Seborrhoeic dermatitis means itchy red, flaky skin affecting greasy or oily skin zones, often on the face, being close to the scalp line or even in the centre of the chest.
Seborrhoeic dermatitis is very common, but many people are not aware that they have it. At least 4% of patients suffer at some time from seborrhoeic dermatitis and dandruff. Dandruff is just a very mild seborrhoeic dermatitis of the scalp. Dandruff affects almost half of all adults. Seborrhoeic dermatitis is more common in men who have greasier skin than women anyway.
Seborrhoeic dermatitis is probably trigged by the yeast called Malassezia that lives on the skin or occurs because of an overreaction to this yeast by the natural immune system of the body. Please note that this yeast is not the same as that which causes thrush, nor the same as yeast found in food. Seborrhoeic dermatitis is regarded as benign, and this is because it is not linked to any underlying illness and it can be treated. It is not hereditary either.
The main problem that patients experience from seborrhoeic dermatitis is that it can be quite severe and stubborn particularly in patients who have HIV infection and people who have Parkinson’s disease. For patients who always feel tired and stressed, that can trigger flare up of seborrhoeic dermatitis. It is also more common in the cold than in the warm weather. Surprisingly it is not related to diet as far as physicians are aware.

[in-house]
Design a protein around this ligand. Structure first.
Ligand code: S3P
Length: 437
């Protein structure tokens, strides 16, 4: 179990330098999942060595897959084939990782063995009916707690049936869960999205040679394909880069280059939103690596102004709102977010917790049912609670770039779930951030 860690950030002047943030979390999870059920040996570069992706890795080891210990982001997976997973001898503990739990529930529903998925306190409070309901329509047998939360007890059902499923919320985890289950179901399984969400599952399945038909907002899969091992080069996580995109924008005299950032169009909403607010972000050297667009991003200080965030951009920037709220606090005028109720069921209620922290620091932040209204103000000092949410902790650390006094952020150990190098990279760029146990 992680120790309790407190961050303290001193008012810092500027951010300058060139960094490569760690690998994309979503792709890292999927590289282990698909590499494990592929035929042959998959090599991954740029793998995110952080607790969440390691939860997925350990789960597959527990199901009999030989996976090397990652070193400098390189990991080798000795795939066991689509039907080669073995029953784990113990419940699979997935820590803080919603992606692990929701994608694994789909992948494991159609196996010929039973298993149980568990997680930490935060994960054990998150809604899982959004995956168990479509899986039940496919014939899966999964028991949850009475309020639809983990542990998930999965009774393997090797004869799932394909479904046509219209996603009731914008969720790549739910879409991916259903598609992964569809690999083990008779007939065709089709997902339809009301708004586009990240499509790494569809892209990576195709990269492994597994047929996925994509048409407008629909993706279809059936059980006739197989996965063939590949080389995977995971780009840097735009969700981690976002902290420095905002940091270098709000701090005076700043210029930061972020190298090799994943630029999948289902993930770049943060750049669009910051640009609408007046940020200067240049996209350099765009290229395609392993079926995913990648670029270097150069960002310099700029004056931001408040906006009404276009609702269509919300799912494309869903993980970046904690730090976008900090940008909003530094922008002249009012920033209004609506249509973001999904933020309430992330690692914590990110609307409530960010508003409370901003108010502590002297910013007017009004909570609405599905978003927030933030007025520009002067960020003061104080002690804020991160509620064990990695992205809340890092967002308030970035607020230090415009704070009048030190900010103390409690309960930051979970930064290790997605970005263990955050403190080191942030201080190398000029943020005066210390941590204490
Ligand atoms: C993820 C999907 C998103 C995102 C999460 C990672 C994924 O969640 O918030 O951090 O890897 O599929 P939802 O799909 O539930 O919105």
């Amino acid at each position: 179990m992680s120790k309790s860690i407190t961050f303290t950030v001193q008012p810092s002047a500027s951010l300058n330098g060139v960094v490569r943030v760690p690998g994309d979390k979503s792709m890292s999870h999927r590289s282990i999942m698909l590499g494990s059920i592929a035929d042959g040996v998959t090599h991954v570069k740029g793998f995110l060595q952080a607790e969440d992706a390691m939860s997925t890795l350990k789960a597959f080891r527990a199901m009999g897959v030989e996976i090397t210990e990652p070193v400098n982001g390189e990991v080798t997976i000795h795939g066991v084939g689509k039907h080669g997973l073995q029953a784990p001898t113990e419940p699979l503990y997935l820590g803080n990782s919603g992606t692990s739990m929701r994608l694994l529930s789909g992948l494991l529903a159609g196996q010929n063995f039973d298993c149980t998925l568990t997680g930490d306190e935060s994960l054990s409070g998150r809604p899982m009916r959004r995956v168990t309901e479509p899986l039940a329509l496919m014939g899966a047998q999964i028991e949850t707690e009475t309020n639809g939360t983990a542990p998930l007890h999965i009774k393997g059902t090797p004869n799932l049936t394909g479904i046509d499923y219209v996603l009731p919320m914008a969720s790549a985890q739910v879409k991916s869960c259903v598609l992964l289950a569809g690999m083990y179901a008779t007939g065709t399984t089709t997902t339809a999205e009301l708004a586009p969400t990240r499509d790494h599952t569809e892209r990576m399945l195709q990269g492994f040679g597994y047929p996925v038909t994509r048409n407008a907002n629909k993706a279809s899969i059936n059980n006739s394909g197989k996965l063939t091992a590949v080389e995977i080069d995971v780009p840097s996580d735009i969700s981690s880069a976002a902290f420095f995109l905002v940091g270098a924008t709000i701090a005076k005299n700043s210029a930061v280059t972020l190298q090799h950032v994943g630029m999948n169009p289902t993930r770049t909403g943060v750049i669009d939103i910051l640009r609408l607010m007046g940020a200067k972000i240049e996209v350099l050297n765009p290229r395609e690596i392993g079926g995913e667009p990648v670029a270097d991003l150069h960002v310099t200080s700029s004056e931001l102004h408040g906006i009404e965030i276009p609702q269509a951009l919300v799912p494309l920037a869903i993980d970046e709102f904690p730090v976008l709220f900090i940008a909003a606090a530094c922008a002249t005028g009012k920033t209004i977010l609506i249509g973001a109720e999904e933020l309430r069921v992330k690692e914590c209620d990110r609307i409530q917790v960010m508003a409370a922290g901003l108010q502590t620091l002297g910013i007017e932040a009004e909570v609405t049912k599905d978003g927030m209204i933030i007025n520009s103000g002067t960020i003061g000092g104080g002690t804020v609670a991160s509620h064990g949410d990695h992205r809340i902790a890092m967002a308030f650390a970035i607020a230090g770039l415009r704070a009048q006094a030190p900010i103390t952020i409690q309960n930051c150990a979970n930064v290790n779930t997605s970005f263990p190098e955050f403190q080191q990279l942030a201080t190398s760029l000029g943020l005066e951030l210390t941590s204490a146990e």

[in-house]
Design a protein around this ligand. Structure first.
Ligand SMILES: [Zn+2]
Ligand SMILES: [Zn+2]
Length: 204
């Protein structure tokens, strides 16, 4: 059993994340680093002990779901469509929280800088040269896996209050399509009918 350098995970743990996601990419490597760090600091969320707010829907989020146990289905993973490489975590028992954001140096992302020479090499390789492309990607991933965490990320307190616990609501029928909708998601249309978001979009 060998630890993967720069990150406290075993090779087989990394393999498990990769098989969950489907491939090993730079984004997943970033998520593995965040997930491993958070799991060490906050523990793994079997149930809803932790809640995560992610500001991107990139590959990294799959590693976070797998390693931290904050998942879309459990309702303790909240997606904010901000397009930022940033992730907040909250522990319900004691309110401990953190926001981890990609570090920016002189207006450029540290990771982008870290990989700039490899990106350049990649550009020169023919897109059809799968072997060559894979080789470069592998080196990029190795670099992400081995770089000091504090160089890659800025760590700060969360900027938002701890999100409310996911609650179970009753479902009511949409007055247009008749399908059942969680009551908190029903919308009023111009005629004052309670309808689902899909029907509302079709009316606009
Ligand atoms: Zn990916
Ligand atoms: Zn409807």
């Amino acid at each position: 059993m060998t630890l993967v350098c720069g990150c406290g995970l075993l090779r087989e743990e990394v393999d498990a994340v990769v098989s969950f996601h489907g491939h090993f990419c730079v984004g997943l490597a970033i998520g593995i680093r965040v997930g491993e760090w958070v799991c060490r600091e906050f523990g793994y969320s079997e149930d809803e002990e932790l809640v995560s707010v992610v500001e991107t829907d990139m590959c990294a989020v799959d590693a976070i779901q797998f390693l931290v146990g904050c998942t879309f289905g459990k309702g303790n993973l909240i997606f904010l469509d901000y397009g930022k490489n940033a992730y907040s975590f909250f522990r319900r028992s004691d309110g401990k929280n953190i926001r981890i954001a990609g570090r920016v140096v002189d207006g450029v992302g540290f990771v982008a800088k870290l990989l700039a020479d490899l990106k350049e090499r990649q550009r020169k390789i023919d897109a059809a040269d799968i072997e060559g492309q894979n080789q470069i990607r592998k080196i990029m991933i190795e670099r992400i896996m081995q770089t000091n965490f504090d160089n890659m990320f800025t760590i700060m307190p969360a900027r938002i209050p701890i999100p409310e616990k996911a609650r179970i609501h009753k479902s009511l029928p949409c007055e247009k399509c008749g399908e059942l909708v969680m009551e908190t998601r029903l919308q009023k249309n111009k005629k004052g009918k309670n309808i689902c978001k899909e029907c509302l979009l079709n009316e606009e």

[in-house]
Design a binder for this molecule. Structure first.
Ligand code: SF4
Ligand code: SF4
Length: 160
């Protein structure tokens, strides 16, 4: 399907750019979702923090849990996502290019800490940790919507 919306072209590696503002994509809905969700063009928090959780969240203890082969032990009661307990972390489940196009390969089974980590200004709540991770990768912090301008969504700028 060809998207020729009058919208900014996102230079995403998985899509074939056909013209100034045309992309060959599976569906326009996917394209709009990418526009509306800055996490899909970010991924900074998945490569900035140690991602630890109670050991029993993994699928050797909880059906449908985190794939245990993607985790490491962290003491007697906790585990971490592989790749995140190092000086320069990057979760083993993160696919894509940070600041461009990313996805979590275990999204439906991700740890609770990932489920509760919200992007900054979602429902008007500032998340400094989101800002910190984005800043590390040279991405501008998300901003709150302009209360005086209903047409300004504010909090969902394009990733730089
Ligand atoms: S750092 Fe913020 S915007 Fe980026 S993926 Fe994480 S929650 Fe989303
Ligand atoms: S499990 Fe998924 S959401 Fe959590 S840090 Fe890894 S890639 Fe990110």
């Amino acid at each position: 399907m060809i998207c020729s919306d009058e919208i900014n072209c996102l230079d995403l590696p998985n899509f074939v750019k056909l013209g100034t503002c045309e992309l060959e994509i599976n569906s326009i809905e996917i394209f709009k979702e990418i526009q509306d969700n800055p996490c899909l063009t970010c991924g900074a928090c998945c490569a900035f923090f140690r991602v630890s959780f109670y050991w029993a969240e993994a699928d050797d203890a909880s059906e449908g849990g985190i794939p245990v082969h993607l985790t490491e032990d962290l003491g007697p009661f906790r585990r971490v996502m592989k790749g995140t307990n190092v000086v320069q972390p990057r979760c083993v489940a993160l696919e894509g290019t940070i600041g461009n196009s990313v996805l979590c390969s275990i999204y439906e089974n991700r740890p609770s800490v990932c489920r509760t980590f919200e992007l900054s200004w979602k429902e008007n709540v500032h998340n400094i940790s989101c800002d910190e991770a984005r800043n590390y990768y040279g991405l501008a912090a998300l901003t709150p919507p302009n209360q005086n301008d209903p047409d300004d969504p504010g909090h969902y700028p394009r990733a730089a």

Seborrhoeic dermatitis management is aimed at reducing the level of skin yeast by use of special creams and shampoos. These can be used quite safely on a long-term basis.
The symptoms of seborrhoeic dermatitis vary in each person. The affected areas are usually itchy, sore, a little sensitive with a little bit of flaking skin that can be bothersome and particularly embarrassing, especially if it falls onto their clothing. Some people will have a rash associated with it, so there will be some redness. The affected areas are a little red with rather greasy looking skin flakes. It appears unpleasant. It does not make people look attractive to other people, and that increases their embarrassment.
In particular, seborrhoeic dermatitis can be visible on the scalp and mainly affecting the inner eyebrows and creases around the nose and cheeks. Even the eyelids can become red, swollen and flaky; then it is called seborrhoeic blepharitis.
Seborrhoeic dermatitis can affect the area around the ears, just inside the ear canal or behind the ears. The ear canal can get infected and then it is called an otitis externa, which in turn can cause blockage of the ear and trouble hearing.
Seborrhoeic dermatitis can also occur on chests or between the shoulder blades where it appears more as well defined round pinky-red patches with some mild scaling. Seborrhoeic dermatitis occurs in skin folds, moist areas such as under the breasts, groin, under the arms or even the folds of skin on the abdomen, if there are excess abdominal folds. If the patient has darker than average skin, the seborrhoeic dermatitis areas appear lighter (hypopigmented) or darker (hyperpigmented) than surrounding skin that is characterised by the flakiness.